Objects take on a life of their own in Rebecca Horn’s work
Rebecca Horn's films and sculptures turn familiar materials, gestures and settings into strange, emotionally charged scenes.
In the late 1960s, Horn began to create wearable sculptures. She later used these ‘body extensions’ in staged actions performed for the camera. The isolation and restraint she felt while confined to bed due to illness inspired these works. She designed them to experiment with how the body moves, senses its surroundings and relates to other people.
Horn went on to pair these performances with poetic texts, enhancing their dreamlike effect. Berlin Exercises in 9 Parts: Dreaming under Water 1974–5 is a film set in a single room. Through a series of gestures, Horn transforms this space into a theatrical set, a cage, a playground and a love nest.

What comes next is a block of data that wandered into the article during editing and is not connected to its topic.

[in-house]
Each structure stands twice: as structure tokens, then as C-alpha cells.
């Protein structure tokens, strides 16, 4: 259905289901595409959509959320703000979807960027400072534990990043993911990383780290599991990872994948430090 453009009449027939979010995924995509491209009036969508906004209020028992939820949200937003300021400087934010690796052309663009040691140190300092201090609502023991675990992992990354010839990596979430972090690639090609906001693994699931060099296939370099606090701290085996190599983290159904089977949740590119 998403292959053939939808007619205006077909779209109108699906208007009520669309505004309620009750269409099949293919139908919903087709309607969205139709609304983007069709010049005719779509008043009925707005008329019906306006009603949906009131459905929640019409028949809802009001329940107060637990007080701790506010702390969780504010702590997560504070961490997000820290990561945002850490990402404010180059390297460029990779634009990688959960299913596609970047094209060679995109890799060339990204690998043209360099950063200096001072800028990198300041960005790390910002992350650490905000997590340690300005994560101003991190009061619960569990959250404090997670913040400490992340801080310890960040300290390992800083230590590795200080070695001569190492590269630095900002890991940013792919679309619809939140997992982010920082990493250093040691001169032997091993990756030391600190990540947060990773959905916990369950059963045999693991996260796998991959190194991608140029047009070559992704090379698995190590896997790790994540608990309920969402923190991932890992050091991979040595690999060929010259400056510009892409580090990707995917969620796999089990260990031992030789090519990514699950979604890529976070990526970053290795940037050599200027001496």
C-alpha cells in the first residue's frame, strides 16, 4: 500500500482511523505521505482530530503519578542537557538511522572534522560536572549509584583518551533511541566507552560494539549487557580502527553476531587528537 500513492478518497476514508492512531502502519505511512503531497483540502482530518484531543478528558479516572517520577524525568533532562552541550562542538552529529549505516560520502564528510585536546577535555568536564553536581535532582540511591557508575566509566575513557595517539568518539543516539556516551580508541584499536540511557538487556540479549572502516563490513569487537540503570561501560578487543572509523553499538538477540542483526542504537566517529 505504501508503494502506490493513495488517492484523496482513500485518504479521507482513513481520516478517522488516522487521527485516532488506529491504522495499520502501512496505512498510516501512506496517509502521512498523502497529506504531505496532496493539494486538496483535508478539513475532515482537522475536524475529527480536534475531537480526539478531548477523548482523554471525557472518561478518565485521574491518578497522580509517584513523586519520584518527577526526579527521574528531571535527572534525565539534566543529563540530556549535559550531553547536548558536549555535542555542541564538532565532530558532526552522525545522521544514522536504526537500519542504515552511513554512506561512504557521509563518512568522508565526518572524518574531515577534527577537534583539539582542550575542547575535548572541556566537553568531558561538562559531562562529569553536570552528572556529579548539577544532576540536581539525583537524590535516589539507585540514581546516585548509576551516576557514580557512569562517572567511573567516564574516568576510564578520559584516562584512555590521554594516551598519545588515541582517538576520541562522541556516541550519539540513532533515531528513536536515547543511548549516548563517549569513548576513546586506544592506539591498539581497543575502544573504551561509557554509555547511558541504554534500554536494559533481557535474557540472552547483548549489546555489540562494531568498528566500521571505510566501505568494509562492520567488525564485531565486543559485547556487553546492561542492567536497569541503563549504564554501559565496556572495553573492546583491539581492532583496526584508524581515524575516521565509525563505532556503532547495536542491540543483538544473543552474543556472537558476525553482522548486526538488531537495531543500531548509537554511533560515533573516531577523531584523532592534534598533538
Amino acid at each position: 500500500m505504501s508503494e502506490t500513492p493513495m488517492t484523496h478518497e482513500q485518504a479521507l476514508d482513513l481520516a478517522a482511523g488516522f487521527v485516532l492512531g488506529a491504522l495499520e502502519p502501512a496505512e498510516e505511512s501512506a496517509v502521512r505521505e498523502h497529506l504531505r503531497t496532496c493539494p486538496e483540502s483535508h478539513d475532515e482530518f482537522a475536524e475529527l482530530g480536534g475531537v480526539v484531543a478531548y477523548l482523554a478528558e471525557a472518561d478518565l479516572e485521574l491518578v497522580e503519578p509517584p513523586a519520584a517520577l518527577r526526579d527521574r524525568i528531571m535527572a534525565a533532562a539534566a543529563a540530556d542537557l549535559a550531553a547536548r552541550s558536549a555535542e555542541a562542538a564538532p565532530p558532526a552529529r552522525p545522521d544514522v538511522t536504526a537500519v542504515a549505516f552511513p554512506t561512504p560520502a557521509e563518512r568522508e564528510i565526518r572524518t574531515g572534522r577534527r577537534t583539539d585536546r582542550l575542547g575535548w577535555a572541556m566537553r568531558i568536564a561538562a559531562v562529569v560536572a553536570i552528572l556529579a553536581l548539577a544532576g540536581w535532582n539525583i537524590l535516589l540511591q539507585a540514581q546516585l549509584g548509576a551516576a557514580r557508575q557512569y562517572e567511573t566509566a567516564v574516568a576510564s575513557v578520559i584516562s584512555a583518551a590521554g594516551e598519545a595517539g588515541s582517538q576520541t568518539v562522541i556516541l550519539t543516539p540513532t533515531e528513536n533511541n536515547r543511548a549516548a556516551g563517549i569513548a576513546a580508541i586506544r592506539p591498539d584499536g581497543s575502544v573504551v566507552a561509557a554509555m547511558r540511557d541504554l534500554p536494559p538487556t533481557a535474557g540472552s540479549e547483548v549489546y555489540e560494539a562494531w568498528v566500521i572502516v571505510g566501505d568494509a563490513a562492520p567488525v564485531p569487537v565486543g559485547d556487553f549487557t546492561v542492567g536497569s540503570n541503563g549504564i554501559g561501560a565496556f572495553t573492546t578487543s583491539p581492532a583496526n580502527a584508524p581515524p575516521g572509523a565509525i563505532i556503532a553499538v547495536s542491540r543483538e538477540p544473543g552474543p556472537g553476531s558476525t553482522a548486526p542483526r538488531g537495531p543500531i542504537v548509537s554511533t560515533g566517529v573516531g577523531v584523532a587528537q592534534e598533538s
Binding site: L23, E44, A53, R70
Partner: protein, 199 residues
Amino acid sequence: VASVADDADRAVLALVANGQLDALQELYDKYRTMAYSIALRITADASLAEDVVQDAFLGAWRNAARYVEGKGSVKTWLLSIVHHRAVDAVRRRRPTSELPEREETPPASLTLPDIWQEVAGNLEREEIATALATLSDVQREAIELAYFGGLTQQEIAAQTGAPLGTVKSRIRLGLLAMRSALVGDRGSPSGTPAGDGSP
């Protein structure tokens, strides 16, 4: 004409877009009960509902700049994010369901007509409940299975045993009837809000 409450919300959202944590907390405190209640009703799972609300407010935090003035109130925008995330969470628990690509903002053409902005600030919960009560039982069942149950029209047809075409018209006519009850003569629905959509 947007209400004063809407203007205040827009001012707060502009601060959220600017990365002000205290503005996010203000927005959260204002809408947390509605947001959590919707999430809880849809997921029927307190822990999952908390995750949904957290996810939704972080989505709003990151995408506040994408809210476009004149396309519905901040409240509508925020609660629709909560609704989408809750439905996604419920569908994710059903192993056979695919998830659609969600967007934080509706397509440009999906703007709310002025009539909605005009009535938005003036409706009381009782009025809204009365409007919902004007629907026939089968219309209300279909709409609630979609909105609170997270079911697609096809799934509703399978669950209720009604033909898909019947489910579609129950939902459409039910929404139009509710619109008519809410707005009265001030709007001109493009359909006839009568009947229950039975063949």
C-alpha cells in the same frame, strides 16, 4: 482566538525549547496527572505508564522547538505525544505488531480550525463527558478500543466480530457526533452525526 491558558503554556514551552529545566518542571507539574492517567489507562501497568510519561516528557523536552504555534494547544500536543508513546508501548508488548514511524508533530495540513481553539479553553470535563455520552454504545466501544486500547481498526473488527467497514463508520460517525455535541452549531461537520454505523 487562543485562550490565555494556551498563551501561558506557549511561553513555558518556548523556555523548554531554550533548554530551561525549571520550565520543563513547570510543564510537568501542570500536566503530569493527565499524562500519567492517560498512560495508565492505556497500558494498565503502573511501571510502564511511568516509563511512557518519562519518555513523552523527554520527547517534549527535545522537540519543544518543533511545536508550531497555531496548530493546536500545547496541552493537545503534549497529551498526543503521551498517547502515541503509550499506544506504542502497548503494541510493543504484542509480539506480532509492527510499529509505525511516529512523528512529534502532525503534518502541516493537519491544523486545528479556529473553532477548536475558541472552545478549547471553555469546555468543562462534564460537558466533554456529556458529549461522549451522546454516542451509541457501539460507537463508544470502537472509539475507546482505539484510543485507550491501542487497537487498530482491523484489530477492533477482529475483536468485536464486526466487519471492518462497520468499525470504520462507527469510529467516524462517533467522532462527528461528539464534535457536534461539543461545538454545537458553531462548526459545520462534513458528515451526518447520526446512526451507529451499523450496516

Her interest in out-of-the-ordinary movements led Horn to develop mechanical sculptures. With them she could explore actions beyond the limits of the human body and mimic animal behaviours. The objects in these works often act in unexpected ways. By the 1980s Horn was making works large enough to surround the viewer, turning her sculpture into tense animated environments. The sound produced by Horn’s mechanical sculptures is key to the immersive experience of her work.